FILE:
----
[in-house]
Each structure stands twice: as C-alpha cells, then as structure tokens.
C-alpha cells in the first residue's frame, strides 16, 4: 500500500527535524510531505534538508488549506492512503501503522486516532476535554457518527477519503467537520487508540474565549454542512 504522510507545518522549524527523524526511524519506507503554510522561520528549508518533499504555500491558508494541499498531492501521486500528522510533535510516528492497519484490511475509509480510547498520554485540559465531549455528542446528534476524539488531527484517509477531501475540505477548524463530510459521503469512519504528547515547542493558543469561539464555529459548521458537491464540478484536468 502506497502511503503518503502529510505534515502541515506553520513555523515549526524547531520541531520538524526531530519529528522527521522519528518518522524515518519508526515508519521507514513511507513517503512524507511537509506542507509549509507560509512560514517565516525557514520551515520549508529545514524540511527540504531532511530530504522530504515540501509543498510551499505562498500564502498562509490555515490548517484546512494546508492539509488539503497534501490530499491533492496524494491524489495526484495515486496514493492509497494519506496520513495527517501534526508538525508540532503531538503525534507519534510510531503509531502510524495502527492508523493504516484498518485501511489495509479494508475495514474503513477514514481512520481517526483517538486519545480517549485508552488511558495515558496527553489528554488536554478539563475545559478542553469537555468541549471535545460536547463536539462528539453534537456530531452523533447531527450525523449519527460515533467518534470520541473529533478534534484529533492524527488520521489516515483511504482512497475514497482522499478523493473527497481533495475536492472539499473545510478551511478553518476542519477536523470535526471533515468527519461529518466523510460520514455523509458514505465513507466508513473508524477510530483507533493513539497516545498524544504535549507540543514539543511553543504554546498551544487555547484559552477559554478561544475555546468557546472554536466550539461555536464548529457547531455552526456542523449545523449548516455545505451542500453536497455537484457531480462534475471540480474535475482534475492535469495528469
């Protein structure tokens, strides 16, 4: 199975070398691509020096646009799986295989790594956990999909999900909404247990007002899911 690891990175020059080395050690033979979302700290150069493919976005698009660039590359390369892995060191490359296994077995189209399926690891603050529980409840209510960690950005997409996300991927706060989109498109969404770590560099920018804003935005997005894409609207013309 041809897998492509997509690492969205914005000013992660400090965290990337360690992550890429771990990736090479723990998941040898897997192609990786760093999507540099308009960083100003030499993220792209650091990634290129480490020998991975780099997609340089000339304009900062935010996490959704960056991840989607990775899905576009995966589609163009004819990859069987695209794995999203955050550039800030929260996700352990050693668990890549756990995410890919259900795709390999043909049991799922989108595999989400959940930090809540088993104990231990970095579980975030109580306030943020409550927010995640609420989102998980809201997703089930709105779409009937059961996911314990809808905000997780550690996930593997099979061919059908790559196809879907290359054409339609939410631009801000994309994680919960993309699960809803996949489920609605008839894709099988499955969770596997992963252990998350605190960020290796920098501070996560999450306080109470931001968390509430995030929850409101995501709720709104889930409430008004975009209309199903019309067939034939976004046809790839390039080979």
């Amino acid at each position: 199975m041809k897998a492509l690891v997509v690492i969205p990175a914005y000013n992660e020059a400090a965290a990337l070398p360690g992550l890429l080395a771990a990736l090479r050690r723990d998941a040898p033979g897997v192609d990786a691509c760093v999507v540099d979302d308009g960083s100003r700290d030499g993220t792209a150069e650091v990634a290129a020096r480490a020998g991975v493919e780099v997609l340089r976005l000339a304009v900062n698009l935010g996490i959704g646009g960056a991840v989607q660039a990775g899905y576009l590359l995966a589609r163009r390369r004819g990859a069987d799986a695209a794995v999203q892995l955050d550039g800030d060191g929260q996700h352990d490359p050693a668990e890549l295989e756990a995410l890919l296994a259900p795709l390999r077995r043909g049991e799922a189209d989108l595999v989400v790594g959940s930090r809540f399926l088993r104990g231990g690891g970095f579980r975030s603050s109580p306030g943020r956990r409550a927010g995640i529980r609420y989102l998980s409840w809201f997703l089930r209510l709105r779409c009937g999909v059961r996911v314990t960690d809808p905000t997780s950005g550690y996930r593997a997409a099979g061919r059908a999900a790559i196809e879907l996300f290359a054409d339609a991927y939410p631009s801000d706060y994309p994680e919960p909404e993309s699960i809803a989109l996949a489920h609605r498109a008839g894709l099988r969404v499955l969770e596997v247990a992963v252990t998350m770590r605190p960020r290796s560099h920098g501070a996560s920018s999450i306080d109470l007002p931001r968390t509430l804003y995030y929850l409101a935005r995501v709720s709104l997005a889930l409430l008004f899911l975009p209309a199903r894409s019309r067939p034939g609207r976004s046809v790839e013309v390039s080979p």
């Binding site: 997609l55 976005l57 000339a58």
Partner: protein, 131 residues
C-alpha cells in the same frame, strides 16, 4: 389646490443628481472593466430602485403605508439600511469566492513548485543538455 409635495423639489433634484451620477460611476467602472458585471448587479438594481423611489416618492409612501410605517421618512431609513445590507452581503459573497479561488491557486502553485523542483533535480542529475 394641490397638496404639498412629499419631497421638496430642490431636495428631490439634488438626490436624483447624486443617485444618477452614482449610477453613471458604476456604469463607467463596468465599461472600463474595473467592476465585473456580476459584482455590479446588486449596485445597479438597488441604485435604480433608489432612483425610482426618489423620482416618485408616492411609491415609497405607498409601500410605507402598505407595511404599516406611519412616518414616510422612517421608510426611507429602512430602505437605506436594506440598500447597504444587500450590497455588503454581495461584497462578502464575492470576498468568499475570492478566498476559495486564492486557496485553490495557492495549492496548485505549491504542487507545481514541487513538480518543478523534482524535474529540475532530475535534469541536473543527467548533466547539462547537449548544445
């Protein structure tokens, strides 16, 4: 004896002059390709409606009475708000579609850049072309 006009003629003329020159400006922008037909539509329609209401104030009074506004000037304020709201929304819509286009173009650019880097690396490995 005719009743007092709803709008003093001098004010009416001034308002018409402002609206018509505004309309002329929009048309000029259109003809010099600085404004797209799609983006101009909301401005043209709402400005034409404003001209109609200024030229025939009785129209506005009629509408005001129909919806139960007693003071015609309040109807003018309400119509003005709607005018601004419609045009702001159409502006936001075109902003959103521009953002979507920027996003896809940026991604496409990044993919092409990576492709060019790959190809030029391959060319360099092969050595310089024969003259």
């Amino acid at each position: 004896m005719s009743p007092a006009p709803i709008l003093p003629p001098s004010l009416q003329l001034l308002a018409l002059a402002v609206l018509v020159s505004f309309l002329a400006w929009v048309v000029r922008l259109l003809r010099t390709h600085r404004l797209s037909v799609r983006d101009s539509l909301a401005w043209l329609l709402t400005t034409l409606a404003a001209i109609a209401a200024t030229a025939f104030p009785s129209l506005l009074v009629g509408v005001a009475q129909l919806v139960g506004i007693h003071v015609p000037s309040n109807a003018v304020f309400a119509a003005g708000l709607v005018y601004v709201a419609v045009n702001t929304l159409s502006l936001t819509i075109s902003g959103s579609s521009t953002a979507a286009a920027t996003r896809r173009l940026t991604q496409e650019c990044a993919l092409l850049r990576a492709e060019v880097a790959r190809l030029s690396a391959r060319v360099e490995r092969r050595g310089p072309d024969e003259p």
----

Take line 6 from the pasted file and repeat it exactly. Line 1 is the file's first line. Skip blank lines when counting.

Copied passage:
């Binding site: 997609l55 976005l57 000339a58």